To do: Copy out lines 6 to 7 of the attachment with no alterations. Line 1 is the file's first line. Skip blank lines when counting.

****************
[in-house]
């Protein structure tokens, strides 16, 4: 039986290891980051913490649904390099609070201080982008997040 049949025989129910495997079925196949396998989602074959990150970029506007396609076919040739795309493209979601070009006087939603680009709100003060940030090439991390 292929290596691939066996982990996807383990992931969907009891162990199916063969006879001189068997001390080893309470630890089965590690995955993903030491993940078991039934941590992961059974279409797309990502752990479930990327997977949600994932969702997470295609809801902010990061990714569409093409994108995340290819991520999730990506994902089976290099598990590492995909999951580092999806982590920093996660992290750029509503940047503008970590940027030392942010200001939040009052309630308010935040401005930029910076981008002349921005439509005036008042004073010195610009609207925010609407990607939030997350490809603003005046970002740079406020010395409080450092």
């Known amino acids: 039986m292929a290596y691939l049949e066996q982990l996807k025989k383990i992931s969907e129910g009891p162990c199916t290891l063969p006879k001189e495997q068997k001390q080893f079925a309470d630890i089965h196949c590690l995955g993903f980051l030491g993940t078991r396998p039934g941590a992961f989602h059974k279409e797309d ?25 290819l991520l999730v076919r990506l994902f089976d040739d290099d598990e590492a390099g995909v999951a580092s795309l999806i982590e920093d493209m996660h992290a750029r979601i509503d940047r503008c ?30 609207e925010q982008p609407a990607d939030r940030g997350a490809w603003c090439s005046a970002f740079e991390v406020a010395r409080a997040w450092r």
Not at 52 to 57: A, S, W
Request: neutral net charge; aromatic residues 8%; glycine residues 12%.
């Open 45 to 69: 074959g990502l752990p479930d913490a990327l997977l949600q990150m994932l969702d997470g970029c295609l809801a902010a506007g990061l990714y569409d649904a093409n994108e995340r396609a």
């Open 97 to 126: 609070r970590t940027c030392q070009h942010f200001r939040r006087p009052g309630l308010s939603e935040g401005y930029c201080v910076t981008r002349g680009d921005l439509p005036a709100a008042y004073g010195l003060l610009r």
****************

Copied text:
């Open 45 to 69: 074959g990502l752990p479930d913490a990327l997977l949600q990150m994932l969702d997470g970029c295609l809801a902010a506007g990061l990714y569409d649904a093409n994108e995340r396609a």
């Open 97 to 126: 609070r970590t940027c030392q070009h942010f200001r939040r006087p009052g309630l308010s939603e935040g401005y930029c201080v910076t981008r002349g680009d921005l439509p005036a709100a008042y004073g010195l003060l610009r």